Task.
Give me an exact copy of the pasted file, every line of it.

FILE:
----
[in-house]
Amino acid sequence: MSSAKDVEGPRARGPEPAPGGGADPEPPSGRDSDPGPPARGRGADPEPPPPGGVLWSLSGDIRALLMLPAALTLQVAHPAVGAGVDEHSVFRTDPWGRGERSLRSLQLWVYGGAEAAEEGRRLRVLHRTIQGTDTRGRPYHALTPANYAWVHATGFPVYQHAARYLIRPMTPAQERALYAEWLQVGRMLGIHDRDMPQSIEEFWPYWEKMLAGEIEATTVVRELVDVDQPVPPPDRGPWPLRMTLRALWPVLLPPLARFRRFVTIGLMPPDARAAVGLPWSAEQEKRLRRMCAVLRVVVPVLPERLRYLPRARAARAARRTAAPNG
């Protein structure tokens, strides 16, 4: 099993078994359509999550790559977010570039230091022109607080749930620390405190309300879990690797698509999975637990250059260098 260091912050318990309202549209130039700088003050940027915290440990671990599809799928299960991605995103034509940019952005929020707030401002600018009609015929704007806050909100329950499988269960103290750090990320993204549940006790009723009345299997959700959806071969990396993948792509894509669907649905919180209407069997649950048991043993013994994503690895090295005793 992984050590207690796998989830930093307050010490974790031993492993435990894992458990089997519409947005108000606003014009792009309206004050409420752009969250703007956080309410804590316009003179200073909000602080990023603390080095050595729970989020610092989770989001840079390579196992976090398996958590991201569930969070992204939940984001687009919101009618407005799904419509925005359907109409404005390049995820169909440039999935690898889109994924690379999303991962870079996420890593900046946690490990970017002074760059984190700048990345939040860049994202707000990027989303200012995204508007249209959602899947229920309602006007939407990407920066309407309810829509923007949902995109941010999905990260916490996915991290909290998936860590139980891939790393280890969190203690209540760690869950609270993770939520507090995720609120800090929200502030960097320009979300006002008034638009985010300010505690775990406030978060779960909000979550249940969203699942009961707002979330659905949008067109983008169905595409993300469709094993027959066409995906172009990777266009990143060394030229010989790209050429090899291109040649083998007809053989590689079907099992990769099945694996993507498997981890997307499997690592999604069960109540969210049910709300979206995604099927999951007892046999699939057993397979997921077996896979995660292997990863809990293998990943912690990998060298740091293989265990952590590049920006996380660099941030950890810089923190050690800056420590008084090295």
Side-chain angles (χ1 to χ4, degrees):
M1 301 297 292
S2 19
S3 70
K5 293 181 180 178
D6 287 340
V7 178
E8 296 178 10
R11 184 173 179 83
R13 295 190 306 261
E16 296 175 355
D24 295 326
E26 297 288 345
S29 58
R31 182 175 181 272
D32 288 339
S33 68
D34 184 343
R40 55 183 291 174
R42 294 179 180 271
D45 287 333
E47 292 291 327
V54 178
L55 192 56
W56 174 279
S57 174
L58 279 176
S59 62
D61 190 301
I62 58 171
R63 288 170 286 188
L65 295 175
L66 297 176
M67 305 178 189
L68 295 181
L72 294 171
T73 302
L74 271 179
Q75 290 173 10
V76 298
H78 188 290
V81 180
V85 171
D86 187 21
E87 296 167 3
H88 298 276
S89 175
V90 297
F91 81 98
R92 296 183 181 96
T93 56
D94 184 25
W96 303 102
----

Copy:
[in-house]
Amino acid sequence: MSSAKDVEGPRARGPEPAPGGGADPEPPSGRDSDPGPPARGRGADPEPPPPGGVLWSLSGDIRALLMLPAALTLQVAHPAVGAGVDEHSVFRTDPWGRGERSLRSLQLWVYGGAEAAEEGRRLRVLHRTIQGTDTRGRPYHALTPANYAWVHATGFPVYQHAARYLIRPMTPAQERALYAEWLQVGRMLGIHDRDMPQSIEEFWPYWEKMLAGEIEATTVVRELVDVDQPVPPPDRGPWPLRMTLRALWPVLLPPLARFRRFVTIGLMPPDARAAVGLPWSAEQEKRLRRMCAVLRVVVPVLPERLRYLPRARAARAARRTAAPNG
């Protein structure tokens, strides 16, 4: 099993078994359509999550790559977010570039230091022109607080749930620390405190309300879990690797698509999975637990250059260098 260091912050318990309202549209130039700088003050940027915290440990671990599809799928299960991605995103034509940019952005929020707030401002600018009609015929704007806050909100329950499988269960103290750090990320993204549940006790009723009345299997959700959806071969990396993948792509894509669907649905919180209407069997649950048991043993013994994503690895090295005793 992984050590207690796998989830930093307050010490974790031993492993435990894992458990089997519409947005108000606003014009792009309206004050409420752009969250703007956080309410804590316009003179200073909000602080990023603390080095050595729970989020610092989770989001840079390579196992976090398996958590991201569930969070992204939940984001687009919101009618407005799904419509925005359907109409404005390049995820169909440039999935690898889109994924690379999303991962870079996420890593900046946690490990970017002074760059984190700048990345939040860049994202707000990027989303200012995204508007249209959602899947229920309602006007939407990407920066309407309810829509923007949902995109941010999905990260916490996915991290909290998936860590139980891939790393280890969190203690209540760690869950609270993770939520507090995720609120800090929200502030960097320009979300006002008034638009985010300010505690775990406030978060779960909000979550249940969203699942009961707002979330659905949008067109983008169905595409993300469709094993027959066409995906172009990777266009990143060394030229010989790209050429090899291109040649083998007809053989590689079907099992990769099945694996993507498997981890997307499997690592999604069960109540969210049910709300979206995604099927999951007892046999699939057993397979997921077996896979995660292997990863809990293998990943912690990998060298740091293989265990952590590049920006996380660099941030950890810089923190050690800056420590008084090295």
Side-chain angles (χ1 to χ4, degrees):
M1 301 297 292
S2 19
S3 70
K5 293 181 180 178
D6 287 340
V7 178
E8 296 178 10
R11 184 173 179 83
R13 295 190 306 261
E16 296 175 355
D24 295 326
E26 297 288 345
S29 58
R31 182 175 181 272
D32 288 339
S33 68
D34 184 343
R40 55 183 291 174
R42 294 179 180 271
D45 287 333
E47 292 291 327
V54 178
L55 192 56
W56 174 279
S57 174
L58 279 176
S59 62
D61 190 301
I62 58 171
R63 288 170 286 188
L65 295 175
L66 297 176
M67 305 178 189
L68 295 181
L72 294 171
T73 302
L74 271 179
Q75 290 173 10
V76 298
H78 188 290
V81 180
V85 171
D86 187 21
E87 296 167 3
H88 298 276
S89 175
V90 297
F91 81 98
R92 296 183 181 96
T93 56
D94 184 25
W96 303 102